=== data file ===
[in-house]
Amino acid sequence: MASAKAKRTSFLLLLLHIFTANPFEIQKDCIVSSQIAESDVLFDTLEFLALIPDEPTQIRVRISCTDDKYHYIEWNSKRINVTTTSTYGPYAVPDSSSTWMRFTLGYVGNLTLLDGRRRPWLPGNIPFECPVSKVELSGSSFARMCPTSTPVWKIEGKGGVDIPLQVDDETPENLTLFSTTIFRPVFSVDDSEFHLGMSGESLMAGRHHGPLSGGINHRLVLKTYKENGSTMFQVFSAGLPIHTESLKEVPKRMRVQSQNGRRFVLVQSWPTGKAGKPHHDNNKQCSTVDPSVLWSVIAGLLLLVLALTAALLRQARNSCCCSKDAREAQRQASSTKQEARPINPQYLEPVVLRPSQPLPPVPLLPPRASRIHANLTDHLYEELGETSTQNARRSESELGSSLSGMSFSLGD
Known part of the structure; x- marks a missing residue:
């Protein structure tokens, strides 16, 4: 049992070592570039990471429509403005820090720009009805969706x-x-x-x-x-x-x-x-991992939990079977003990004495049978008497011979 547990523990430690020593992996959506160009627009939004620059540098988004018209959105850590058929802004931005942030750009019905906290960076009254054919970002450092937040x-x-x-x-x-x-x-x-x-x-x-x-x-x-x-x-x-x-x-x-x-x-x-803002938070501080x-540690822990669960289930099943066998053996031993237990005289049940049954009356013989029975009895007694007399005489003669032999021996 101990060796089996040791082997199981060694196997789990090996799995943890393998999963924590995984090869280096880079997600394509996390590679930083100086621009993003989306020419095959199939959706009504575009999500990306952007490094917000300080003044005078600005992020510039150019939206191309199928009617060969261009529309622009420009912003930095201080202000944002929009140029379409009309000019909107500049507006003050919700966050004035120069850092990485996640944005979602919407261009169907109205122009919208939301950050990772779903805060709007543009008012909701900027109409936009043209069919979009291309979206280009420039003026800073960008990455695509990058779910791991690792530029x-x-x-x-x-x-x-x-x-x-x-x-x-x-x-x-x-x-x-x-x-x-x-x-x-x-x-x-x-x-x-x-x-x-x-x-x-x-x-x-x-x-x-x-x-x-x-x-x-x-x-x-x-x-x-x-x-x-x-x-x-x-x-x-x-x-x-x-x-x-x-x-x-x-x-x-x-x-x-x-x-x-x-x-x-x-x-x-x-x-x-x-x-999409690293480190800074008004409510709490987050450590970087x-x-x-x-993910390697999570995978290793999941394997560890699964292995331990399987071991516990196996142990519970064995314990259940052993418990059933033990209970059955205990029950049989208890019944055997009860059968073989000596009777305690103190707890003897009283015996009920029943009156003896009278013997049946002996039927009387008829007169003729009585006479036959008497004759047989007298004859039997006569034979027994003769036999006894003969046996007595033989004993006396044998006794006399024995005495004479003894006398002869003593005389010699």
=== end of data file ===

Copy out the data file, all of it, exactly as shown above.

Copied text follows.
[in-house]
Amino acid sequence: MASAKAKRTSFLLLLLHIFTANPFEIQKDCIVSSQIAESDVLFDTLEFLALIPDEPTQIRVRISCTDDKYHYIEWNSKRINVTTTSTYGPYAVPDSSSTWMRFTLGYVGNLTLLDGRRRPWLPGNIPFECPVSKVELSGSSFARMCPTSTPVWKIEGKGGVDIPLQVDDETPENLTLFSTTIFRPVFSVDDSEFHLGMSGESLMAGRHHGPLSGGINHRLVLKTYKENGSTMFQVFSAGLPIHTESLKEVPKRMRVQSQNGRRFVLVQSWPTGKAGKPHHDNNKQCSTVDPSVLWSVIAGLLLLVLALTAALLRQARNSCCCSKDAREAQRQASSTKQEARPINPQYLEPVVLRPSQPLPPVPLLPPRASRIHANLTDHLYEELGETSTQNARRSESELGSSLSGMSFSLGD
Known part of the structure; x- marks a missing residue:
């Protein structure tokens, strides 16, 4: 049992070592570039990471429509403005820090720009009805969706x-x-x-x-x-x-x-x-991992939990079977003990004495049978008497011979 547990523990430690020593992996959506160009627009939004620059540098988004018209959105850590058929802004931005942030750009019905906290960076009254054919970002450092937040x-x-x-x-x-x-x-x-x-x-x-x-x-x-x-x-x-x-x-x-x-x-x-803002938070501080x-540690822990669960289930099943066998053996031993237990005289049940049954009356013989029975009895007694007399005489003669032999021996 101990060796089996040791082997199981060694196997789990090996799995943890393998999963924590995984090869280096880079997600394509996390590679930083100086621009993003989306020419095959199939959706009504575009999500990306952007490094917000300080003044005078600005992020510039150019939206191309199928009617060969261009529309622009420009912003930095201080202000944002929009140029379409009309000019909107500049507006003050919700966050004035120069850092990485996640944005979602919407261009169907109205122009919208939301950050990772779903805060709007543009008012909701900027109409936009043209069919979009291309979206280009420039003026800073960008990455695509990058779910791991690792530029x-x-x-x-x-x-x-x-x-x-x-x-x-x-x-x-x-x-x-x-x-x-x-x-x-x-x-x-x-x-x-x-x-x-x-x-x-x-x-x-x-x-x-x-x-x-x-x-x-x-x-x-x-x-x-x-x-x-x-x-x-x-x-x-x-x-x-x-x-x-x-x-x-x-x-x-x-x-x-x-x-x-x-x-x-x-x-x-x-x-x-x-x-999409690293480190800074008004409510709490987050450590970087x-x-x-x-993910390697999570995978290793999941394997560890699964292995331990399987071991516990196996142990519970064995314990259940052993418990059933033990209970059955205990029950049989208890019944055997009860059968073989000596009777305690103190707890003897009283015996009920029943009156003896009278013997049946002996039927009387008829007169003729009585006479036959008497004759047989007298004859039997006569034979027994003769036999006894003969046996007595033989004993006396044998006794006399024995005495004479003894006398002869003593005389010699």